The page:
12 Things You Might Not Know About Buffalo
1. Buffalo earned the nickname of “City of Light” because of its prominent use of electricity (thanks to the nearby Niagara Power Project) in the 1901 Pan-American Exposition.
2. Buffalo-style Chicken wings were first served at the Anchor Bar on Main Street in 1964.
4. Theodore Roosevelt was one of the only presidents to take the oath of office outside the nation’s capital. He did so in Buffalo in 1901; retrace his steps at the Theodore Roosevelt Inaugural National Historic Site.
5. Mark Twain’s original manuscript of The Adventures of Huckleberry Finn is on display at Buffalo’s Central Library. Twain was a newspaper editor here.
6. Buffalo is one of only a handful of cities in the United States to boast over a half-dozen designs by Frank Lloyd Wright.
7. Frederick Law Olmsted, the world renowned landscape architect who designed Central Park in New York City, designed Buffalo’s parks system — the oldest coordinated system of parks and parkways in the U.S.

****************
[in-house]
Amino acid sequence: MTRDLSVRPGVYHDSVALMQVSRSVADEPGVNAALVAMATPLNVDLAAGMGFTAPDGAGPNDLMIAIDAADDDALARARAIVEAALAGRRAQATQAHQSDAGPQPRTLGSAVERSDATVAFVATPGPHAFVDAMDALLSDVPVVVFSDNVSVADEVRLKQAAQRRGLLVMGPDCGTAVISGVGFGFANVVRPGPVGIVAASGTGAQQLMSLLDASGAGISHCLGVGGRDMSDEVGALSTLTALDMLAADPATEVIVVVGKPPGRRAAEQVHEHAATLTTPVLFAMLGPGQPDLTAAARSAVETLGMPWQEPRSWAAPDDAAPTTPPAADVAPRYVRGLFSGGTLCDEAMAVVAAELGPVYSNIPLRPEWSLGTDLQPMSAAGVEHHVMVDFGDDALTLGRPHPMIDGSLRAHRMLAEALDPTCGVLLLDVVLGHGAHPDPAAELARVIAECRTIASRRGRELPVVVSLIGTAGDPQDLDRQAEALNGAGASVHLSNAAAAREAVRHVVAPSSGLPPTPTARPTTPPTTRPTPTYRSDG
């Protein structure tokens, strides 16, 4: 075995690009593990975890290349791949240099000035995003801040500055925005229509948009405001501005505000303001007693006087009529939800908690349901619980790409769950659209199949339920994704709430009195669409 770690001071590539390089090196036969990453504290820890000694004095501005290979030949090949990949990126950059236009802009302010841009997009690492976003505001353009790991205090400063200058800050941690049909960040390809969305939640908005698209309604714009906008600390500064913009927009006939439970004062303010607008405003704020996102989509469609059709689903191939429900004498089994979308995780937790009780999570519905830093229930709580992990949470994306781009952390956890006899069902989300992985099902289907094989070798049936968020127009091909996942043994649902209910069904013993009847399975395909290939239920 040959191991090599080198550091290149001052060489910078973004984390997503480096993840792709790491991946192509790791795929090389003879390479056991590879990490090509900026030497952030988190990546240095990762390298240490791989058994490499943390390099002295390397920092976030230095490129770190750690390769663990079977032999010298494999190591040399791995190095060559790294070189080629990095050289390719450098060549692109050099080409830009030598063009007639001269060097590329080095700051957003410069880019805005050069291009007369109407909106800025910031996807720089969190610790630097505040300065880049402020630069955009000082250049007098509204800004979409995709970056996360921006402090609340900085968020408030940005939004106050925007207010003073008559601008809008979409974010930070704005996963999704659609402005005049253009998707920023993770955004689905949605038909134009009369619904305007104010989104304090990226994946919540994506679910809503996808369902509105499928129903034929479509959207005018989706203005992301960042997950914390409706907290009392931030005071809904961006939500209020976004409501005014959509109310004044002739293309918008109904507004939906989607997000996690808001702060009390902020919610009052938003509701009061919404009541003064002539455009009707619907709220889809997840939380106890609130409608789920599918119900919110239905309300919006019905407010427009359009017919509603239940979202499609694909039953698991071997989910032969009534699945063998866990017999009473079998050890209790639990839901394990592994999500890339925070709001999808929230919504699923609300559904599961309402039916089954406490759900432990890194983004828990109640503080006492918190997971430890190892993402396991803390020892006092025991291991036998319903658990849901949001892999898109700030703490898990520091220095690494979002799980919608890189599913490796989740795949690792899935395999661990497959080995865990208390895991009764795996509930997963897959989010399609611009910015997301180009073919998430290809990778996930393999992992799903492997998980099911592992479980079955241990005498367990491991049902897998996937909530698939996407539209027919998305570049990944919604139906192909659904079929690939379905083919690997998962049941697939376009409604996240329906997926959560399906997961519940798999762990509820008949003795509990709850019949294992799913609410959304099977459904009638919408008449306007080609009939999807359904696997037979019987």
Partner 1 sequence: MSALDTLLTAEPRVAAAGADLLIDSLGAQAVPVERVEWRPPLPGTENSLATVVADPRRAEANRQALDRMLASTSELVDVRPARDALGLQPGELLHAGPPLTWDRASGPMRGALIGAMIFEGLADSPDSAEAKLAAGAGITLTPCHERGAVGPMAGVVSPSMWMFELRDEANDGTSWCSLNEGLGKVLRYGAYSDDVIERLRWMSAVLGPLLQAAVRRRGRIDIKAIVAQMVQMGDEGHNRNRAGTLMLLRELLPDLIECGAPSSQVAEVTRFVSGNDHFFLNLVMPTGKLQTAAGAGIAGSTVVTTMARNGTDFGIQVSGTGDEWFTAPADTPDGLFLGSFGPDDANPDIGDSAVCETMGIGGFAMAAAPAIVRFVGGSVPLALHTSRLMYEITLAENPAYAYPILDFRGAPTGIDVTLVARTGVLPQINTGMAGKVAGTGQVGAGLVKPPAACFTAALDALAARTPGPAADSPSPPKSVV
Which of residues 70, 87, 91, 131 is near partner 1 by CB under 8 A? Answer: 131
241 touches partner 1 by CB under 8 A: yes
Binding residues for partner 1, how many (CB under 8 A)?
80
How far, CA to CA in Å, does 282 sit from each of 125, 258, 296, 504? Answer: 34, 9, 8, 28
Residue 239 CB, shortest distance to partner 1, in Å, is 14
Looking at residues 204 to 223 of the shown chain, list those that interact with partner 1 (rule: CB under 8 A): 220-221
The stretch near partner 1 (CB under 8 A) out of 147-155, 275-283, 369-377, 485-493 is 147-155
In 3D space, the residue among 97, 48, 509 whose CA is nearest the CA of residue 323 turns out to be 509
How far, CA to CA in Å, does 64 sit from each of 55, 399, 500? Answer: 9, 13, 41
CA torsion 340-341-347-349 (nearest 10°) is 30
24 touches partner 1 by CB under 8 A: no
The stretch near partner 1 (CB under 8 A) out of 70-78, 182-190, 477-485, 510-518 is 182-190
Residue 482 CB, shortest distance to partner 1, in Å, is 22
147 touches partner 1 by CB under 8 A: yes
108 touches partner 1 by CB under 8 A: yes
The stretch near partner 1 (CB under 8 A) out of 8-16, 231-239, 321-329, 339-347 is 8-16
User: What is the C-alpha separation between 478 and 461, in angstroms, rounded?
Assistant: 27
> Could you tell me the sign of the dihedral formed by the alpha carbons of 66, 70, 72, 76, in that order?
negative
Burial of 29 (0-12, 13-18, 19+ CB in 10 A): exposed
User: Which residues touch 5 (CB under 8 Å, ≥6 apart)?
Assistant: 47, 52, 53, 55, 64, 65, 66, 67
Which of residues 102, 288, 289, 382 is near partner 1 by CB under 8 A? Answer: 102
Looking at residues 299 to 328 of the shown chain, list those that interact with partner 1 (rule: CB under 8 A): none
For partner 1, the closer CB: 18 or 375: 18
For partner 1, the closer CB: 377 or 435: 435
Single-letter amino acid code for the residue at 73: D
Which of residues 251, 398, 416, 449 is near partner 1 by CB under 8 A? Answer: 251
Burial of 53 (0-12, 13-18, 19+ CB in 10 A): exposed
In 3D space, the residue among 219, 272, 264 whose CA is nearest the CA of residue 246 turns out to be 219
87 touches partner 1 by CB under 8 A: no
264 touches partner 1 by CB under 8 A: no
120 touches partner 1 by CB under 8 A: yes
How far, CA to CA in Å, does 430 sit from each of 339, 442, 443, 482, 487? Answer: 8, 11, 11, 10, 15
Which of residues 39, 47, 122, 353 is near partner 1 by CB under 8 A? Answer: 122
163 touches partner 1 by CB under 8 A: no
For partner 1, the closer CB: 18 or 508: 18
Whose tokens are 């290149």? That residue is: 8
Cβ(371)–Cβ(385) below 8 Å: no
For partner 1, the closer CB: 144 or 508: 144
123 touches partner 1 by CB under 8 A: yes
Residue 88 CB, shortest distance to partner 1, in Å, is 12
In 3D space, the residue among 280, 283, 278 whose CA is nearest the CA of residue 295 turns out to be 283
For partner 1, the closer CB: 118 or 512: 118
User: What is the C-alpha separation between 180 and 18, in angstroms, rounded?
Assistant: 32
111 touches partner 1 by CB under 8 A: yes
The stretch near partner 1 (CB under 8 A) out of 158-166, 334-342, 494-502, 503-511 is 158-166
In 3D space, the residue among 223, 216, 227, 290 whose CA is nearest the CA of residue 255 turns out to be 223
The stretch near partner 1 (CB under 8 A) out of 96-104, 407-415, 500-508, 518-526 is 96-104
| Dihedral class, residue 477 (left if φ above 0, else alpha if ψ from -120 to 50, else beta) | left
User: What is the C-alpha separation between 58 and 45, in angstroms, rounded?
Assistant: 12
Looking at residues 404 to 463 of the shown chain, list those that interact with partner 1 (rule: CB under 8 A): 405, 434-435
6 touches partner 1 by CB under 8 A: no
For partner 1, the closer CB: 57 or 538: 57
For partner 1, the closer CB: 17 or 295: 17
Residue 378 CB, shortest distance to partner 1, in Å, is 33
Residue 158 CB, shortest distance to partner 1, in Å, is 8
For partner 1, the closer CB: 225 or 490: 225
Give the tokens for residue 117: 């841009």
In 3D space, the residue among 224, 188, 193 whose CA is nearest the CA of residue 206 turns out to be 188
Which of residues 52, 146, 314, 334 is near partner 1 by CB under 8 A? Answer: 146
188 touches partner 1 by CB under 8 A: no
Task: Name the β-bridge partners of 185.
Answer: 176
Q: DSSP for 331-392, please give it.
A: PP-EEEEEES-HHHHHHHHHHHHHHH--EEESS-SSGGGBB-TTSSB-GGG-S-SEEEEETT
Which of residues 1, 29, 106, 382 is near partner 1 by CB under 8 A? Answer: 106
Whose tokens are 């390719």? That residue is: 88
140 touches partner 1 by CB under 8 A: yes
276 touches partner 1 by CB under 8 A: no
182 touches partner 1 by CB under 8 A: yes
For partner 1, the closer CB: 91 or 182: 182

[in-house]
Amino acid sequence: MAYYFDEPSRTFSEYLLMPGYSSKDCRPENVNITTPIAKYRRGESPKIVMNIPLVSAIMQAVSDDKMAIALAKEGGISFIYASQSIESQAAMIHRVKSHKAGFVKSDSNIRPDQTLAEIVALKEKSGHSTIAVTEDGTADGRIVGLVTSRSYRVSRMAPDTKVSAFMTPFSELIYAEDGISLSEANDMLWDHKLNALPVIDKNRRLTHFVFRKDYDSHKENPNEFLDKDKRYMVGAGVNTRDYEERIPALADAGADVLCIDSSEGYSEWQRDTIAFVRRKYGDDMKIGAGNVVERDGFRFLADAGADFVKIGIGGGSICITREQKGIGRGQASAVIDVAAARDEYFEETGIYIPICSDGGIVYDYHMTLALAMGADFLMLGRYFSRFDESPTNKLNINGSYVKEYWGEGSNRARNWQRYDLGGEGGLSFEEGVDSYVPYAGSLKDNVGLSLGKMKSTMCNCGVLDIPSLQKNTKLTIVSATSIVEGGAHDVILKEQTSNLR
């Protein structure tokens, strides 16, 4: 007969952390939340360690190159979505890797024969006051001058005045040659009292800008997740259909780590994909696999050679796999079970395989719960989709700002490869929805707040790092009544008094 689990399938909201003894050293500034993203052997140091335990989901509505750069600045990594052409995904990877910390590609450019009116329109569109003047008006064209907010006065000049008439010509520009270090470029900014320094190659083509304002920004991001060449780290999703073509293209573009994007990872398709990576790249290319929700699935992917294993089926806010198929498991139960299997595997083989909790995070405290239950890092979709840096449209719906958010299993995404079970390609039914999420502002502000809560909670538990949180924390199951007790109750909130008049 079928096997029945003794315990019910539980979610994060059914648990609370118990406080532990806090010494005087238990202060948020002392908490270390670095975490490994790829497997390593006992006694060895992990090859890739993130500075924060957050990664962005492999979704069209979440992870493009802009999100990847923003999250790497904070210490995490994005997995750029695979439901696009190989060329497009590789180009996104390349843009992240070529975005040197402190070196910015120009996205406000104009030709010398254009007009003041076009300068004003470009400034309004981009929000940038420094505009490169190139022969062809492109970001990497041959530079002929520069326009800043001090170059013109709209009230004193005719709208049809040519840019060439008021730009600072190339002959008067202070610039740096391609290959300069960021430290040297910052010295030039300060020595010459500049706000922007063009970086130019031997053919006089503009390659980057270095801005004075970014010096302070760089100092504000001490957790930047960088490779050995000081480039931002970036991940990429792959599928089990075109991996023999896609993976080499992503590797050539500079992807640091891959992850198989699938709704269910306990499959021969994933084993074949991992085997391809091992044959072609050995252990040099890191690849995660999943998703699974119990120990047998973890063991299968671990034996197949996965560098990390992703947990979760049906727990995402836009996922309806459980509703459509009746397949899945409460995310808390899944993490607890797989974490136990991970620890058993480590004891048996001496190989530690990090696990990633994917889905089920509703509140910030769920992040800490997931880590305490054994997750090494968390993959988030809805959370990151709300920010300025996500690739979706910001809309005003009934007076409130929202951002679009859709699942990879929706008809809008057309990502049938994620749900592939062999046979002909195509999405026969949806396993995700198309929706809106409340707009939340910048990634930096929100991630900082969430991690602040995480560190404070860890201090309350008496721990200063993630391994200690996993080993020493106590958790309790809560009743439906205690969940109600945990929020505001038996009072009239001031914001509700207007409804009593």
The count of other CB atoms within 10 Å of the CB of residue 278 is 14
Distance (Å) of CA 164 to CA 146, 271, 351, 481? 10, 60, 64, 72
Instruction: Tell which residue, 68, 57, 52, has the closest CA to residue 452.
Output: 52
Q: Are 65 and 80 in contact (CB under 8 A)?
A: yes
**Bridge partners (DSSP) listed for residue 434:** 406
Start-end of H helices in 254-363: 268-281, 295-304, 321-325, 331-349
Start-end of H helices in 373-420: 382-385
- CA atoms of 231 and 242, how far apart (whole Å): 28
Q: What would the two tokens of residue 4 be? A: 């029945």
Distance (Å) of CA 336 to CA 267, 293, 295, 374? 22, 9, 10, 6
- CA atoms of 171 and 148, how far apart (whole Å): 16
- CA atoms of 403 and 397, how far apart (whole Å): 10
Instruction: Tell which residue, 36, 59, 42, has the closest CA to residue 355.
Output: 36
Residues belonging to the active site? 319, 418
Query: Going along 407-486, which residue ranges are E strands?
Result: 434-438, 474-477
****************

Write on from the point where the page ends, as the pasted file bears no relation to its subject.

8. The Colored Musicians Club, at 145 Broadway, is one of the oldest jazz clubs in the country. During its heyday, jazz legends such as Dizzy Gillespie, Duke Ellington, Billie Holiday, Ella Fitzgerald, and Miles Davis could be found hanging out (and performing) at the club.
9. The completion of the Erie Canal in 1825 made Buffalo an industrial powerhouse, transportation hub and eighth largest city in the United States by 1900. Buffalo is tapping into that history to build its revitalized waterfront district, Canalside.
10. Upon completion, the Wilmers building of the Buffalo AKG Art Museum boasted 102 Greek columns, second only to the U.S. Capitol.
11. Kleinhans Music Hall is considered one of the most acoustically perfect buildings in the world.
12. The Barcalounger, air conditioning and the Ball Jar were all created in Buffalo.